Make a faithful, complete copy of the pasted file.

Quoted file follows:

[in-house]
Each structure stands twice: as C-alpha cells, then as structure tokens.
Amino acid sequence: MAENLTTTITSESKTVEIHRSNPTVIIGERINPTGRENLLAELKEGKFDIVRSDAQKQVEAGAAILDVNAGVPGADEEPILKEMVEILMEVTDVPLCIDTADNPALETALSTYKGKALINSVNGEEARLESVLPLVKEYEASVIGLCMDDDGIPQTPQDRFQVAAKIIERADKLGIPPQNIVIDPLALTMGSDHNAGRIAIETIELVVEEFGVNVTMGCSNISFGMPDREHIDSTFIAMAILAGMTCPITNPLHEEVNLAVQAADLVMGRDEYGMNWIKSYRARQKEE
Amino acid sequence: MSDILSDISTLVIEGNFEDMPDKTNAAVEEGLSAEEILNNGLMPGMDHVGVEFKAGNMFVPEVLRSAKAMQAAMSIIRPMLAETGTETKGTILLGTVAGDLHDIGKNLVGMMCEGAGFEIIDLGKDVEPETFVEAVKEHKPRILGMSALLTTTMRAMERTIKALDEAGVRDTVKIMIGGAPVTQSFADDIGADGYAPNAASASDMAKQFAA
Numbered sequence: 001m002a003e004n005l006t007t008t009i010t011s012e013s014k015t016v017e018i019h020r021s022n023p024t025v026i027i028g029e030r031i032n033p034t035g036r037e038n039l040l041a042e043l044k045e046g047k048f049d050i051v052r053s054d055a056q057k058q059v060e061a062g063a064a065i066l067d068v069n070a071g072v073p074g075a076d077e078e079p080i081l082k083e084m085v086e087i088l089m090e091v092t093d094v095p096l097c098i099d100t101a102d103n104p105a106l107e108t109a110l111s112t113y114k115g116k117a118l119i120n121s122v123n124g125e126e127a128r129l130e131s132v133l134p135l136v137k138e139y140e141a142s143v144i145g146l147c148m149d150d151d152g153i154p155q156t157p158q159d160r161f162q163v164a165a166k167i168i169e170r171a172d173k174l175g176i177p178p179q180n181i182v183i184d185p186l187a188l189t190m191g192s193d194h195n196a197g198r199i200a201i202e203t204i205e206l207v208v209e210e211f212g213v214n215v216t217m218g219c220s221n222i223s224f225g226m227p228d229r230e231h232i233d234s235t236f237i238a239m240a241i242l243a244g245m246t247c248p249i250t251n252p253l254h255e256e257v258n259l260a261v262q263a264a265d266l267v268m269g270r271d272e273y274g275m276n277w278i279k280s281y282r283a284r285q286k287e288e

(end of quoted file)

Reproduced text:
[in-house]
Each structure stands twice: as C-alpha cells, then as structure tokens.
Amino acid sequence: MAENLTTTITSESKTVEIHRSNPTVIIGERINPTGRENLLAELKEGKFDIVRSDAQKQVEAGAAILDVNAGVPGADEEPILKEMVEILMEVTDVPLCIDTADNPALETALSTYKGKALINSVNGEEARLESVLPLVKEYEASVIGLCMDDDGIPQTPQDRFQVAAKIIERADKLGIPPQNIVIDPLALTMGSDHNAGRIAIETIELVVEEFGVNVTMGCSNISFGMPDREHIDSTFIAMAILAGMTCPITNPLHEEVNLAVQAADLVMGRDEYGMNWIKSYRARQKEE
Amino acid sequence: MSDILSDISTLVIEGNFEDMPDKTNAAVEEGLSAEEILNNGLMPGMDHVGVEFKAGNMFVPEVLRSAKAMQAAMSIIRPMLAETGTETKGTILLGTVAGDLHDIGKNLVGMMCEGAGFEIIDLGKDVEPETFVEAVKEHKPRILGMSALLTTTMRAMERTIKALDEAGVRDTVKIMIGGAPVTQSFADDIGADGYAPNAASASDMAKQFAA
Numbered sequence: 001m002a003e004n005l006t007t008t009i010t011s012e013s014k015t016v017e018i019h020r021s022n023p024t025v026i027i028g029e030r031i032n033p034t035g036r037e038n039l040l041a042e043l044k045e046g047k048f049d050i051v052r053s054d055a056q057k058q059v060e061a062g063a064a065i066l067d068v069n070a071g072v073p074g075a076d077e078e079p080i081l082k083e084m085v086e087i088l089m090e091v092t093d094v095p096l097c098i099d100t101a102d103n104p105a106l107e108t109a110l111s112t113y114k115g116k117a118l119i120n121s122v123n124g125e126e127a128r129l130e131s132v133l134p135l136v137k138e139y140e141a142s143v144i145g146l147c148m149d150d151d152g153i154p155q156t157p158q159d160r161f162q163v164a165a166k167i168i169e170r171a172d173k174l175g176i177p178p179q180n181i182v183i184d185p186l187a188l189t190m191g192s193d194h195n196a197g198r199i200a201i202e203t204i205e206l207v208v209e210e211f212g213v214n215v216t217m218g219c220s221n222i223s224f225g226m227p228d229r230e231h232i233d234s235t236f237i238a239m240a241i242l243a244g245m246t247c248p249i250t251n252p253l254h255e256e257v258n259l260a261v262q263a264a265d266l267v268m269g270r271d272e273y274g275m276n277w278i279k280s281y282r283a284r285q286k287e288e